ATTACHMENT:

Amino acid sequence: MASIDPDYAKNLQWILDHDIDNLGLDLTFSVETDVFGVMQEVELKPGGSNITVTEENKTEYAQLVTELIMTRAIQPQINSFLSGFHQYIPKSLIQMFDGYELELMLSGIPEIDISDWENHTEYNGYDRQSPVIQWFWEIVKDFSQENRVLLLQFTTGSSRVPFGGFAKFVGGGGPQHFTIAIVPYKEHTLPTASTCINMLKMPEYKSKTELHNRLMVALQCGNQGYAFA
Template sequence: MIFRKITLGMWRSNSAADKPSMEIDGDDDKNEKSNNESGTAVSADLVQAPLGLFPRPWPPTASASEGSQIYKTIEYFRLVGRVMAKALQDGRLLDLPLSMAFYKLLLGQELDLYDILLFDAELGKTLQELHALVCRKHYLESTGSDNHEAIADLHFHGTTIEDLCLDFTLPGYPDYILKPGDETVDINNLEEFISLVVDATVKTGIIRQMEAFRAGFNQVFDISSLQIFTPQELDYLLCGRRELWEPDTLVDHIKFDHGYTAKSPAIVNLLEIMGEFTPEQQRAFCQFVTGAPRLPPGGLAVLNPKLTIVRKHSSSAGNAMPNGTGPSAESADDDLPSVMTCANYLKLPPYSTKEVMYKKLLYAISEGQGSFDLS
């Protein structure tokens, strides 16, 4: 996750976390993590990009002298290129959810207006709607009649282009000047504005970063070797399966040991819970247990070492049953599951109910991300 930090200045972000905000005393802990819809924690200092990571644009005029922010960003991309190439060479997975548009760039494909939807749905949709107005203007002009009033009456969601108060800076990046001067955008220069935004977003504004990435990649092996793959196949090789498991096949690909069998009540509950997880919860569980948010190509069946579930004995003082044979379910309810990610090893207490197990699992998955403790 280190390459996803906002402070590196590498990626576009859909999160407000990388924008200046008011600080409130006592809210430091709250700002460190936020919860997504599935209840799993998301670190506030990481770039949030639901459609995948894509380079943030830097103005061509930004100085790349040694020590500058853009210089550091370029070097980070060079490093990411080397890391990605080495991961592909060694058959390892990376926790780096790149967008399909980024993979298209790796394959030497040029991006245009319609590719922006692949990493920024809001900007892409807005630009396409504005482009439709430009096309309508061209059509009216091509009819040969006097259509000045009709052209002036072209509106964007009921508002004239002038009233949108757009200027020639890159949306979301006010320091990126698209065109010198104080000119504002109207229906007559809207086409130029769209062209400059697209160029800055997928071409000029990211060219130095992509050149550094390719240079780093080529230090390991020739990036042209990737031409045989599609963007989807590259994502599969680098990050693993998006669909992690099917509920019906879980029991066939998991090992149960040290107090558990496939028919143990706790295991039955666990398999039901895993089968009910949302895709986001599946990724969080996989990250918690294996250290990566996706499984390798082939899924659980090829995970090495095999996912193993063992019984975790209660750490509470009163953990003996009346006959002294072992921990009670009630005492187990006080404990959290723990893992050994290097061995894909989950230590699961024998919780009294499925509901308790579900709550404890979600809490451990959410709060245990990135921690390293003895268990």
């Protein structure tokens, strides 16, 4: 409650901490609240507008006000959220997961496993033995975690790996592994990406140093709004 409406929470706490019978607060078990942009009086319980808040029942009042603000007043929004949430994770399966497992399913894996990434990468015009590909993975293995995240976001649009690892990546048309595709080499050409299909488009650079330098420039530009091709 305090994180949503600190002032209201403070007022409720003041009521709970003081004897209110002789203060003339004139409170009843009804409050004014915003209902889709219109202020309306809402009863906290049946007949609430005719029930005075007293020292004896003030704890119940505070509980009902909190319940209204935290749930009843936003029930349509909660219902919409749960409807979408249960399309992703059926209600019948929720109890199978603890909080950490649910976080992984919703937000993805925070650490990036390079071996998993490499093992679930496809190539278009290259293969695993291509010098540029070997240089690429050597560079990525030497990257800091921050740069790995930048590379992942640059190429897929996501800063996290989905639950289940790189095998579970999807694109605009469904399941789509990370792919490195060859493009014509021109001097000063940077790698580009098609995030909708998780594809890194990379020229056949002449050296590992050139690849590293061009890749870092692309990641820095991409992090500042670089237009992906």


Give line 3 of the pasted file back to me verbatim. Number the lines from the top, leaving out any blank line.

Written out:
């Protein structure tokens, strides 16, 4: 996750976390993590990009002298290129959810207006709607009649282009000047504005970063070797399966040991819970247990070492049953599951109910991300 930090200045972000905000005393802990819809924690200092990571644009005029922010960003991309190439060479997975548009760039494909939807749905949709107005203007002009009033009456969601108060800076990046001067955008220069935004977003504004990435990649092996793959196949090789498991096949690909069998009540509950997880919860569980948010190509069946579930004995003082044979379910309810990610090893207490197990699992998955403790 280190390459996803906002402070590196590498990626576009859909999160407000990388924008200046008011600080409130006592809210430091709250700002460190936020919860997504599935209840799993998301670190506030990481770039949030639901459609995948894509380079943030830097103005061509930004100085790349040694020590500058853009210089550091370029070097980070060079490093990411080397890391990605080495991961592909060694058959390892990376926790780096790149967008399909980024993979298209790796394959030497040029991006245009319609590719922006692949990493920024809001900007892409807005630009396409504005482009439709430009096309309508061209059509009216091509009819040969006097259509000045009709052209002036072209509106964007009921508002004239002038009233949108757009200027020639890159949306979301006010320091990126698209065109010198104080000119504002109207229906007559809207086409130029769209062209400059697209160029800055997928071409000029990211060219130095992509050149550094390719240079780093080529230090390991020739990036042209990737031409045989599609963007989807590259994502599969680098990050693993998006669909992690099917509920019906879980029991066939998991090992149960040290107090558990496939028919143990706790295991039955666990398999039901895993089968009910949302895709986001599946990724969080996989990250918690294996250290990566996706499984390798082939899924659980090829995970090495095999996912193993063992019984975790209660750490509470009163953990003996009346006959002294072992921990009670009630005492187990006080404990959290723990893992050994290097061995894909989950230590699961024998919780009294499925509901308790579900709550404890979600809490451990959410709060245990990135921690390293003895268990």